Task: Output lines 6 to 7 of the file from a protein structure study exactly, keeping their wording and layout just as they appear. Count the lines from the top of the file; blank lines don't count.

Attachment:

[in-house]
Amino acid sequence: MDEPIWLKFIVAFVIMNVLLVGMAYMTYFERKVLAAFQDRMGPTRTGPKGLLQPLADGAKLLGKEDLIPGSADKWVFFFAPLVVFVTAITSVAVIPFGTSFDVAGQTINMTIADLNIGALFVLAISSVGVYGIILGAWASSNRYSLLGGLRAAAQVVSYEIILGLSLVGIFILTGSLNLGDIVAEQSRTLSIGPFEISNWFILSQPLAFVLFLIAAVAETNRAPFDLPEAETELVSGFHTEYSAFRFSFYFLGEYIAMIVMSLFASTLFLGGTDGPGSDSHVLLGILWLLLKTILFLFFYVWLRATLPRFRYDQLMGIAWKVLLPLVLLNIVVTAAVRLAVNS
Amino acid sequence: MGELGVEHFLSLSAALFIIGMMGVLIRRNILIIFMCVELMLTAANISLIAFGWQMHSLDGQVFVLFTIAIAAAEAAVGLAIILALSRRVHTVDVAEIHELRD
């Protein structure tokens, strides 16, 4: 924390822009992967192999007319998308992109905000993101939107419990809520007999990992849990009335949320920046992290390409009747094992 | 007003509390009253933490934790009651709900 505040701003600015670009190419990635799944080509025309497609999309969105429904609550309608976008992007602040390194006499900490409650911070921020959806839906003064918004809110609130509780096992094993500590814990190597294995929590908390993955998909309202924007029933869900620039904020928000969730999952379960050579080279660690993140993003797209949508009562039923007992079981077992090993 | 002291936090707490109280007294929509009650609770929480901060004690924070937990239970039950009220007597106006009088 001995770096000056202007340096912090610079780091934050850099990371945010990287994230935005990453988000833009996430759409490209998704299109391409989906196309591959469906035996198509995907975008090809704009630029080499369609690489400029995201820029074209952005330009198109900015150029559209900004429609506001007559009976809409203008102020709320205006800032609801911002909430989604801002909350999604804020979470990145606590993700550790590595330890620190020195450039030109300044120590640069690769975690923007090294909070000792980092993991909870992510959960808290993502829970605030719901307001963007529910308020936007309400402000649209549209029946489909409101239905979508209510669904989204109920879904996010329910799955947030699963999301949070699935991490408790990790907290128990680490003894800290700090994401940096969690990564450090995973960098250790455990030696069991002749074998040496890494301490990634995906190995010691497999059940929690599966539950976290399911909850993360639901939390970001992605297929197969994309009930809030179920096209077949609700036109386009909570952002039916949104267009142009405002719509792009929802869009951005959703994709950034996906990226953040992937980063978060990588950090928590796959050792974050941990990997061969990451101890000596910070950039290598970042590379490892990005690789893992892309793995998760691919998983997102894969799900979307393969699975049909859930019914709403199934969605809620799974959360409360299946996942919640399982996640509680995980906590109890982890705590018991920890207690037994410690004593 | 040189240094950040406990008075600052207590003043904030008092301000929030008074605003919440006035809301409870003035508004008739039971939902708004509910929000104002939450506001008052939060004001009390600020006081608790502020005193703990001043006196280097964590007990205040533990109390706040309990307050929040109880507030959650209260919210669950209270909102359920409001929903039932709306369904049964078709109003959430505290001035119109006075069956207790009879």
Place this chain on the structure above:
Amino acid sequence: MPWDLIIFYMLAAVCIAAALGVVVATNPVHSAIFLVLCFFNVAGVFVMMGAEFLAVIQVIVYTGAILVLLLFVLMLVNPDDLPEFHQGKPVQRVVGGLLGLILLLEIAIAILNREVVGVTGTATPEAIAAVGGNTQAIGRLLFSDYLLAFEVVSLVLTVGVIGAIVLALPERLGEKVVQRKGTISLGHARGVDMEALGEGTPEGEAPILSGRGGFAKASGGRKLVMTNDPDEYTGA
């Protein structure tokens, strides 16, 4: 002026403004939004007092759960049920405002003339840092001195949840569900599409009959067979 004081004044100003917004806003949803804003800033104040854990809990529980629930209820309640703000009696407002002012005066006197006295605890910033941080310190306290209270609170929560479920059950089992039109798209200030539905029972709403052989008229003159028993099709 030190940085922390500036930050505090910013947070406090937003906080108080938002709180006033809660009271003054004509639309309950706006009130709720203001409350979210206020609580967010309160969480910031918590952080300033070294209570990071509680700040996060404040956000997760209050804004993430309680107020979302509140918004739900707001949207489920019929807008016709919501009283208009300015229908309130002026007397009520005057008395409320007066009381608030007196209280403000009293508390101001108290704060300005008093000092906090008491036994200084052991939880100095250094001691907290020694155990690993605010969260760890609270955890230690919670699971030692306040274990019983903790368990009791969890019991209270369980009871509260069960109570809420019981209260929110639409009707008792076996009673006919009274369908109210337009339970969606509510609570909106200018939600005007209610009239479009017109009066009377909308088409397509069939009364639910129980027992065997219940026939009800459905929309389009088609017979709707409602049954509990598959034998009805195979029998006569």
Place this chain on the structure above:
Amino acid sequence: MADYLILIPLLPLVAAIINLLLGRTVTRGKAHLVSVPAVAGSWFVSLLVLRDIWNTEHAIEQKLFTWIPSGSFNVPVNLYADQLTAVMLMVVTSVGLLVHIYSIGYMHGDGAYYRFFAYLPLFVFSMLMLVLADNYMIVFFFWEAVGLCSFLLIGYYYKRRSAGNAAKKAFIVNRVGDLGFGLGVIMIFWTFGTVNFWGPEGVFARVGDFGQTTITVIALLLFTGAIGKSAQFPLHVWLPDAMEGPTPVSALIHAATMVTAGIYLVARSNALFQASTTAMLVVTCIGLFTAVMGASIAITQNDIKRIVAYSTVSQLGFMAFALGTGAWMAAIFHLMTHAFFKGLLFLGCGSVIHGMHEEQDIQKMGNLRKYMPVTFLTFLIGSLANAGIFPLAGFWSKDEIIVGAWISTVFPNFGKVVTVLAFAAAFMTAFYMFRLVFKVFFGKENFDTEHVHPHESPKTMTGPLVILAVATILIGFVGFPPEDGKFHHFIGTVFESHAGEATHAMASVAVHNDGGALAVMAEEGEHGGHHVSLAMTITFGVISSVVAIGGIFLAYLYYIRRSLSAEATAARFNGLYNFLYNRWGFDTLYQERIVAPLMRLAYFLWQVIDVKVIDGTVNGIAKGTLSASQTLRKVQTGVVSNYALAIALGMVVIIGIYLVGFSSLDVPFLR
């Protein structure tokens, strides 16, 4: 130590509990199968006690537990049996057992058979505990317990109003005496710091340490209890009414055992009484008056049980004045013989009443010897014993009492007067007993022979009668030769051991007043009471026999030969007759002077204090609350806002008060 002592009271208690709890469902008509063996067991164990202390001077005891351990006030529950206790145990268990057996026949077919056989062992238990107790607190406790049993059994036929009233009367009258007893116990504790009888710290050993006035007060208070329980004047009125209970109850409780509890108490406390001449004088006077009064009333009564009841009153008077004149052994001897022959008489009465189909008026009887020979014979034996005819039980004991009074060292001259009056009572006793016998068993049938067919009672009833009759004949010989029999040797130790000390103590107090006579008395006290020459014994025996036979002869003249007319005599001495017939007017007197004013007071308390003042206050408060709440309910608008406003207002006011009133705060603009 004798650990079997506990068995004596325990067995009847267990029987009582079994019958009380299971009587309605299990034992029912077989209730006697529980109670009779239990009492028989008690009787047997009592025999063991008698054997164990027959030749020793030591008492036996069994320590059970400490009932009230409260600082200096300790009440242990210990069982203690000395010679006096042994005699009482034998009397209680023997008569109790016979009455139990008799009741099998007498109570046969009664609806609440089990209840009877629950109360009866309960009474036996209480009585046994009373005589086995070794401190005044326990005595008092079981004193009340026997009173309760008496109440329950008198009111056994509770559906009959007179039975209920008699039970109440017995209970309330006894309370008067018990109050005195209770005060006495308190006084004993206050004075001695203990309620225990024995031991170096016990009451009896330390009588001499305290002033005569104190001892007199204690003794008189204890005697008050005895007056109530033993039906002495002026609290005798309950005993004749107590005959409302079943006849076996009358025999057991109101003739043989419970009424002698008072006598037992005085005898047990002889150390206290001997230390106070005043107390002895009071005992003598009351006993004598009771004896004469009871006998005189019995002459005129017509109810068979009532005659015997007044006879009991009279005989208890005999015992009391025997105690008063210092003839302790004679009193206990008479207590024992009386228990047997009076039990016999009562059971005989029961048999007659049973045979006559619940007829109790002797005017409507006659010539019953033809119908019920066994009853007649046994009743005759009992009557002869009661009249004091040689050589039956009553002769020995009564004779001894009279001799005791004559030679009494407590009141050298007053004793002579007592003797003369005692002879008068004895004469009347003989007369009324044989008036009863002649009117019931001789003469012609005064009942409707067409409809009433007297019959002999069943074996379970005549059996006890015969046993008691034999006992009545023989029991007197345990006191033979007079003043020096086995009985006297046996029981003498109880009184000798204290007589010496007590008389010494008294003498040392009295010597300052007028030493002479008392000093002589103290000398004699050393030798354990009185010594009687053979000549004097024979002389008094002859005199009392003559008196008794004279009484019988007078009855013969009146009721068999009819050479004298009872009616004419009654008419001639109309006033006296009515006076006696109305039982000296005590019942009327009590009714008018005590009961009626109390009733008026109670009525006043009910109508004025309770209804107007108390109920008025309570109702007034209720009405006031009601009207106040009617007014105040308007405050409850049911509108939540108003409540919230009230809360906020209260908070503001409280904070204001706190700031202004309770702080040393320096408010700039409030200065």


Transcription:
Amino acid sequence: MPWDLIIFYMLAAVCIAAALGVVVATNPVHSAIFLVLCFFNVAGVFVMMGAEFLAVIQVIVYTGAILVLLLFVLMLVNPDDLPEFHQGKPVQRVVGGLLGLILLLEIAIAILNREVVGVTGTATPEAIAAVGGNTQAIGRLLFSDYLLAFEVVSLVLTVGVIGAIVLALPERLGEKVVQRKGTISLGHARGVDMEALGEGTPEGEAPILSGRGGFAKASGGRKLVMTNDPDEYTGA
């Protein structure tokens, strides 16, 4: 002026403004939004007092759960049920405002003339840092001195949840569900599409009959067979 004081004044100003917004806003949803804003800033104040854990809990529980629930209820309640703000009696407002002012005066006197006295605890910033941080310190306290209270609170929560479920059950089992039109798209200030539905029972709403052989008229003159028993099709 030190940085922390500036930050505090910013947070406090937003906080108080938002709180006033809660009271003054004509639309309950706006009130709720203001409350979210206020609580967010309160969480910031918590952080300033070294209570990071509680700040996060404040956000997760209050804004993430309680107020979302509140918004739900707001949207489920019929807008016709919501009283208009300015229908309130002026007397009520005057008395409320007066009381608030007196209280403000009293508390101001108290704060300005008093000092906090008491036994200084052991939880100095250094001691907290020694155990690993605010969260760890609270955890230690919670699971030692306040274990019983903790368990009791969890019991209270369980009871509260069960109570809420019981209260929110639409009707008792076996009673006919009274369908109210337009339970969606509510609570909106200018939600005007209610009239479009017109009066009377909308088409397509069939009364639910129980027992065997219940026939009800459905929309389009088609017979709707409602049954509990598959034998009805195979029998006569």